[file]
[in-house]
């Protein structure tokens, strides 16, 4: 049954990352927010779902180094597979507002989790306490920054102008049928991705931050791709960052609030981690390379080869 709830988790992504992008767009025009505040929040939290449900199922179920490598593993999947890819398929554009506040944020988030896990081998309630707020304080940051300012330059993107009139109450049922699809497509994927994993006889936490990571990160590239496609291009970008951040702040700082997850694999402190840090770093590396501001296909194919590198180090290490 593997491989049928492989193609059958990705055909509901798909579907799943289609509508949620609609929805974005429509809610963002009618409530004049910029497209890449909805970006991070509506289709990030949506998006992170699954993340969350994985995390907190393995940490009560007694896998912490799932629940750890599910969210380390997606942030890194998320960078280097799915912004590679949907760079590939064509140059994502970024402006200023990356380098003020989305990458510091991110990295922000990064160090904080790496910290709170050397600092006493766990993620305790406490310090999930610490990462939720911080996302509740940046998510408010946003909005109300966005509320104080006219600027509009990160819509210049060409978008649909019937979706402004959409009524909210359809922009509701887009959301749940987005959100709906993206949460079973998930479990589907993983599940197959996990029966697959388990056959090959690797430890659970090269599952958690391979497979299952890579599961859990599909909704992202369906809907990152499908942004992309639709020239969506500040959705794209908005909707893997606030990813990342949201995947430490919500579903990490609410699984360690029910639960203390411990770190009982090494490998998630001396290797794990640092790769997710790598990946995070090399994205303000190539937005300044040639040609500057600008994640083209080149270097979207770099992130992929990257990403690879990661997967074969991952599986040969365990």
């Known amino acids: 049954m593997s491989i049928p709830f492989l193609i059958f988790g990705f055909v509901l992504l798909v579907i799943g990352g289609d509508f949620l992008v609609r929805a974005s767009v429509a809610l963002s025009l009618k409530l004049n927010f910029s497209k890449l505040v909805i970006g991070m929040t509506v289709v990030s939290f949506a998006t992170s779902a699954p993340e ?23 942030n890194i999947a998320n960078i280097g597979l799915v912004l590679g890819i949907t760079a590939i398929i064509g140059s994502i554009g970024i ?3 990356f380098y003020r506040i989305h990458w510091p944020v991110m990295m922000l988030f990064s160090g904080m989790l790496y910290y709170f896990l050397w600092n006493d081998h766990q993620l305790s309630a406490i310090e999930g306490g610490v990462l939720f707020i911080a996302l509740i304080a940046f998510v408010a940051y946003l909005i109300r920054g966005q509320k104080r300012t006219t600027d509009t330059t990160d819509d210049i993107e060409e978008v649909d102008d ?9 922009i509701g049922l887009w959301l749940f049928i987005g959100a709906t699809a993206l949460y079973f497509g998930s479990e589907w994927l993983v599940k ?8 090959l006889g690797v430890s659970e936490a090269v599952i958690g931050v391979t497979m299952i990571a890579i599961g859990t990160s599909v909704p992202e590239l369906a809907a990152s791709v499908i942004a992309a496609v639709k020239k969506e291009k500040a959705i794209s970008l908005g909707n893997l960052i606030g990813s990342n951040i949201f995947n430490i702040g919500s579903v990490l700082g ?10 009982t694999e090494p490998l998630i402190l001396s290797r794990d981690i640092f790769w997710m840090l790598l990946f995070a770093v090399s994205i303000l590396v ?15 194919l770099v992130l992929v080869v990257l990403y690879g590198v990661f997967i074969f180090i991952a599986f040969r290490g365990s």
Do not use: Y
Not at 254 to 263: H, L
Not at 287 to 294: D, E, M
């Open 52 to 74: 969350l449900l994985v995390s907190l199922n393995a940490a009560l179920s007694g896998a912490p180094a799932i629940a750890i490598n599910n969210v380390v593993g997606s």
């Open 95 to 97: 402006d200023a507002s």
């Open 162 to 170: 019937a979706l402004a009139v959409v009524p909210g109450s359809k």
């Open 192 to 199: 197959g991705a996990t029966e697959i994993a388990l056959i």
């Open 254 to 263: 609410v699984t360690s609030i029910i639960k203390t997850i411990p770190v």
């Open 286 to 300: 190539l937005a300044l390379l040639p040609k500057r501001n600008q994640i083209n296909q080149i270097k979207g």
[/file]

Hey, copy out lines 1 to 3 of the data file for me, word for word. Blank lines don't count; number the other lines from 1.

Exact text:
[in-house]
């Protein structure tokens, strides 16, 4: 049954990352927010779902180094597979507002989790306490920054102008049928991705931050791709960052609030981690390379080869 709830988790992504992008767009025009505040929040939290449900199922179920490598593993999947890819398929554009506040944020988030896990081998309630707020304080940051300012330059993107009139109450049922699809497509994927994993006889936490990571990160590239496609291009970008951040702040700082997850694999402190840090770093590396501001296909194919590198180090290490 593997491989049928492989193609059958990705055909509901798909579907799943289609509508949620609609929805974005429509809610963002009618409530004049910029497209890449909805970006991070509506289709990030949506998006992170699954993340969350994985995390907190393995940490009560007694896998912490799932629940750890599910969210380390997606942030890194998320960078280097799915912004590679949907760079590939064509140059994502970024402006200023990356380098003020989305990458510091991110990295922000990064160090904080790496910290709170050397600092006493766990993620305790406490310090999930610490990462939720911080996302509740940046998510408010946003909005109300966005509320104080006219600027509009990160819509210049060409978008649909019937979706402004959409009524909210359809922009509701887009959301749940987005959100709906993206949460079973998930479990589907993983599940197959996990029966697959388990056959090959690797430890659970090269599952958690391979497979299952890579599961859990599909909704992202369906809907990152499908942004992309639709020239969506500040959705794209908005909707893997606030990813990342949201995947430490919500579903990490609410699984360690029910639960203390411990770190009982090494490998998630001396290797794990640092790769997710790598990946995070090399994205303000190539937005300044040639040609500057600008994640083209080149270097979207770099992130992929990257990403690879990661997967074969991952599986040969365990």
């Known amino acids: 049954m593997s491989i049928p709830f492989l193609i059958f988790g990705f055909v509901l992504l798909v579907i799943g990352g289609d509508f949620l992008v609609r929805a974005s767009v429509a809610l963002s025009l009618k409530l004049n927010f910029s497209k890449l505040v909805i970006g991070m929040t509506v289709v990030s939290f949506a998006t992170s779902a699954p993340e ?23 942030n890194i999947a998320n960078i280097g597979l799915v912004l590679g890819i949907t760079a590939i398929i064509g140059s994502i554009g970024i ?3 990356f380098y003020r506040i989305h990458w510091p944020v991110m990295m922000l988030f990064s160090g904080m989790l790496y910290y709170f896990l050397w600092n006493d081998h766990q993620l305790s309630a406490i310090e999930g306490g610490v990462l939720f707020i911080a996302l509740i304080a940046f998510v408010a940051y946003l909005i109300r920054g966005q509320k104080r300012t006219t600027d509009t330059t990160d819509d210049i993107e060409e978008v649909d102008d ?9 922009i509701g049922l887009w959301l749940f049928i987005g959100a709906t699809a993206l949460y079973f497509g998930s479990e589907w994927l993983v599940k ?8 090959l006889g690797v430890s659970e936490a090269v599952i958690g931050v391979t497979m299952i990571a890579i599961g859990t990160s599909v909704p992202e590239l369906a809907a990152s791709v499908i942004a992309a496609v639709k020239k969506e291009k500040a959705i794209s970008l908005g909707n893997l960052i606030g990813s990342n951040i949201f995947n430490i702040g919500s579903v990490l700082g ?10 009982t694999e090494p490998l998630i402190l001396s290797r794990d981690i640092f790769w997710m840090l790598l990946f995070a770093v090399s994205i303000l590396v ?15 194919l770099v992130l992929v080869v990257l990403y690879g590198v990661f997967i074969f180090i991952a599986f040969r290490g365990s």